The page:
Dementia can be an isolating and frightening condition.
Affecting short-term memory, it can leave a person struggling to recall what they did that morning, or how to carry out the simplest of tasks, such as making a cup of tea.
People can live very well with dementia if they are just supported in the right wayJane Mills
People affected may feel depressed, anxious and frightened as the world around them does not seem to make sense any more.
But there is a group of people in Bexhill who hope to help end the sense of isolation felt by those with the condition.
The Bexhill Dementia Action Alliance (BDAA) is encouraging local businesses and organisations to take simple steps to help make life easier for those with dementia.
And Bexhill is well on course to become the first ‘Dementia Friendly Community’ in the South East.
Jane Mills, director at Coast Care and chair of the BDAA, explains: “It’s a national initiative led by the Prime Ministers Dementia Challenge to create dementia friendly communities. These are communities where people affected by dementia feel that they still belong, that they are welcome to still join in, and that they continue to play an important part of their town or village. Life can become very tricky with dementia. But there are people who can live in their own communities quite happily.”
And with an ageing population and more and more young people being diagnosed with the condition, it’s important that local businesses and organisations are equipped to be able to deal with a customer with dementia appropriately and sensitively.
Twenty members of the BDAA have ‘champion’ status, meaning they help businesses to get their staff trained in dementia awareness.
They also let them know of the simple changes they can make in order to make their business dementia friendly.
This could be anything from allowing dedicated ‘no hurry’ lanes in supermarkets to modifying signage, for example, in a cafe toilet.
Jane said: “On toilet doors, curly writing and even stick people would not make sense to a person with dementia.
“But a picture of a toilet would make perfect sense.”
When businesses make steps towards becoming dementia friendly, they will get a sticker to display.
So far eight businesses and organisations in Bexhill have been awarded dementia friendly status, including Bexhill Caring Community, Bexhill Museum, Bexhill Police Station and Rother District Council,the De La Warr Pavilion and Bexhill Hospital.
A further 10 are currently going through the process.
Meanwhile staff working in some chain stores have been trained in dementia awareness as part of the store’s nationwide policy.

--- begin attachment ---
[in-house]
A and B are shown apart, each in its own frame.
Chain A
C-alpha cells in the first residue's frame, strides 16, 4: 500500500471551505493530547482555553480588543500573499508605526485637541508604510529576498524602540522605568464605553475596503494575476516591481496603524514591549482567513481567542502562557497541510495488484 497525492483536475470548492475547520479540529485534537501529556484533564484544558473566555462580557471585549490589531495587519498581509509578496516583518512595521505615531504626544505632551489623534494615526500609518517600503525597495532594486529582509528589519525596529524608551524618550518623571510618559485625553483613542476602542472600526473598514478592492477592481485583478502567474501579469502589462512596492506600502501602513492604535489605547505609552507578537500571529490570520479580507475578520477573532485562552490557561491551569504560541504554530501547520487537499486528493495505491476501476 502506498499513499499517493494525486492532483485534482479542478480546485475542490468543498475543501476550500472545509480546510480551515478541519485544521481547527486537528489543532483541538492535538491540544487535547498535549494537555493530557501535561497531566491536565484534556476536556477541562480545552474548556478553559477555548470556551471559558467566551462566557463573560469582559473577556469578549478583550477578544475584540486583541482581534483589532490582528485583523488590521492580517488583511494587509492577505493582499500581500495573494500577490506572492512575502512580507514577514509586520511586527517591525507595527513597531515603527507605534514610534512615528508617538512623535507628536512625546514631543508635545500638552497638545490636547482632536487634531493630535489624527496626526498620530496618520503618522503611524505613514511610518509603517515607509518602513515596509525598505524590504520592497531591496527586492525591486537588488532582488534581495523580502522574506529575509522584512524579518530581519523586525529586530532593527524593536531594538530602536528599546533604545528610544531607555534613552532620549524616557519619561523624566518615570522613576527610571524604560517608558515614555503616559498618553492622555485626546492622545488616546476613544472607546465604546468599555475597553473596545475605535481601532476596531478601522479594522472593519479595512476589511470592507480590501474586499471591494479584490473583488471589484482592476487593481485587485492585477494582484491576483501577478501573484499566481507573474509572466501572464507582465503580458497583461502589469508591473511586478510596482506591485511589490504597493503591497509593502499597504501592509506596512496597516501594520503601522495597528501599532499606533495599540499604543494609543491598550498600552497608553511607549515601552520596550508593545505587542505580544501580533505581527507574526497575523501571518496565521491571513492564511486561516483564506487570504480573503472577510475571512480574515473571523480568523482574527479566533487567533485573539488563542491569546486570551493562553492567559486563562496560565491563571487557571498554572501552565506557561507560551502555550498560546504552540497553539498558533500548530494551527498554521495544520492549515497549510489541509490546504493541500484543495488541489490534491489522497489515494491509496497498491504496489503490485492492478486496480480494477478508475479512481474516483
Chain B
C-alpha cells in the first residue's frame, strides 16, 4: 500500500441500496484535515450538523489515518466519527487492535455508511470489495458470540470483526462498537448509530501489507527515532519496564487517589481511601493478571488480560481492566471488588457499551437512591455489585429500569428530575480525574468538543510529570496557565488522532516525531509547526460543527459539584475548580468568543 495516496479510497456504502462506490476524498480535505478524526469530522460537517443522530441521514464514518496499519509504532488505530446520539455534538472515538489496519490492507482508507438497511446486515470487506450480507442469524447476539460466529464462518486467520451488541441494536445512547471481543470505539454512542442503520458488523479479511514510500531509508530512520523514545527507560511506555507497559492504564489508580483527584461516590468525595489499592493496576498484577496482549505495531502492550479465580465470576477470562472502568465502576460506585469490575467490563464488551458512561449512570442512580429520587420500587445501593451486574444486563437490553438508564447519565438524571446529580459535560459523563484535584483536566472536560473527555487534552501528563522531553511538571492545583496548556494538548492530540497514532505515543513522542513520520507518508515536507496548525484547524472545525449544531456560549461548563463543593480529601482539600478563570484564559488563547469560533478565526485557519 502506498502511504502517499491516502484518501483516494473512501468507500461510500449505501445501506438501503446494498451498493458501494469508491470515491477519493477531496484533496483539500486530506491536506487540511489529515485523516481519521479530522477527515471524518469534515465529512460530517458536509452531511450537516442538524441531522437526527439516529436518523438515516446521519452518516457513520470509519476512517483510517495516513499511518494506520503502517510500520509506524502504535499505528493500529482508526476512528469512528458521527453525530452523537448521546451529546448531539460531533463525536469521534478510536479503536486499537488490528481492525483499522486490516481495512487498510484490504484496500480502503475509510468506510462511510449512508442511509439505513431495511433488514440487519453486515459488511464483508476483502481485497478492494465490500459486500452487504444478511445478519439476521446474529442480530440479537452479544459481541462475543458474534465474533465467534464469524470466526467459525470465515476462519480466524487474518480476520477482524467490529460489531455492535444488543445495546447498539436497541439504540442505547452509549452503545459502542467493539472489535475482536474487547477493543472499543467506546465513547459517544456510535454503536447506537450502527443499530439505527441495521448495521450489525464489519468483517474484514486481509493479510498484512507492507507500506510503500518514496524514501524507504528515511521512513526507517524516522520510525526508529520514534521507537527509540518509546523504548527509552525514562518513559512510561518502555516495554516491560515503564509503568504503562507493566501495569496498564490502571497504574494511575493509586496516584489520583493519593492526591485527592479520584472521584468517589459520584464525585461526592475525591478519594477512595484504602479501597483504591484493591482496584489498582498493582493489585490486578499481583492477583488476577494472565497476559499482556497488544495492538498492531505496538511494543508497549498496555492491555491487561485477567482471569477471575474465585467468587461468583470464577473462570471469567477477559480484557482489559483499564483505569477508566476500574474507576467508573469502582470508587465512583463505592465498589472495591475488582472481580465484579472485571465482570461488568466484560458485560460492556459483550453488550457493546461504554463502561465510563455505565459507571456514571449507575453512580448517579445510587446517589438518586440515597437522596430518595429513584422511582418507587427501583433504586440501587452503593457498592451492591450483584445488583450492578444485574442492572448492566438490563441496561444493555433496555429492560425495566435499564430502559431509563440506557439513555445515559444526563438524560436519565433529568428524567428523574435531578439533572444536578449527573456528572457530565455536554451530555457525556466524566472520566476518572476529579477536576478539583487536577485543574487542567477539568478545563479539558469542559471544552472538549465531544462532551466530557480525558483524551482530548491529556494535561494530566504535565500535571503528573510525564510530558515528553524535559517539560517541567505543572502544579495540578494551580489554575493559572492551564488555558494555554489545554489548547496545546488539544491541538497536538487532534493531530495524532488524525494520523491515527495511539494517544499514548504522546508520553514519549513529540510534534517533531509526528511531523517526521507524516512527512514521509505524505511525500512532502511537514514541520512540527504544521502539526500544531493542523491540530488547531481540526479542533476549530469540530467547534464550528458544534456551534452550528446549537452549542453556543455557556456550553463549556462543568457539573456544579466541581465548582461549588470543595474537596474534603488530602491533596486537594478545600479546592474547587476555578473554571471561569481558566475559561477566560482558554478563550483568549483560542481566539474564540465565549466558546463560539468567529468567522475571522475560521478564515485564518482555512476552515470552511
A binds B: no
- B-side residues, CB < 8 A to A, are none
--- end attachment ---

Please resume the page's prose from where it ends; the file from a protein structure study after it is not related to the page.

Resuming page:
For example, M&S at Ravenside is recognised as a dementia friendly business.
The BDAA has 22 members, including representatives from Sidley Surgery, Coast Care Group, the Alzheimer’s Society and the police, as well as individuals with a personal interest in dementia.
Since its formation, the group has worked on a number of projects designed to help improve the lives of those with dementia.
Last year the De La Warr Pavilion, with financial assistance from Hastings Direct, held a dementia-friendly screening of The Best Exotic Marigold Hotel.
The event, attended by 270 people, was hailed a success, with similar screenings planned in the future.
And Councillor Stuart Earl, a dedicated supporter of the BDAA, is funding an allotment plot in the Collington Woods for people with dementia to come with their carers and enjoy a spot of gardening.
Solicitor’s firm Gaby Hardwicke has also got involved and offered to pay for a ‘wish list’ of items for the project.
Jane said: “We can take anyone with the urge to garden up to the allotment and give them an afternoon in the soil with their wellies on and it would be a great outcome for someone with dementia if that is what they want to do.
“It will hopefully be a very calm place to be.
“The other allotment holders would be aware of the people up there and maybe befriend them and help them feel part of the community.”
The BDAA, one of 138 alliances across the UK, is proving to be a trailblazing group, with neighbouring Hastings just launching its own alliance and Eastbourne too.
But in order for BDAA to thrive and continue its good work, more support is needed.
Jane said: “Unfortunately most members of the BDAA work full time, so if we could get members with time to spare, that would really help.
“We are trying to get people who can volunteer. There’s a lot to do, but a lot that’s already done.” She added: “Dementia is a big topic. It’s a world issue and they are now putting a lot of money into treatment and finding a cure.
“People can live very well with dementia if they are just supported in the right way.
“They need patience and understanding. The emotional side is very much still there.”
* To attend a Dementia Friends session or request an application form to become a member or supporter of the BDAA, email Bexhilldaa@gmail.com. To become a champion, book onto the April 14 Champion Training Day by logging on to https://www.dementiafriends.org.uk/ and click on ‘Become a Champion’.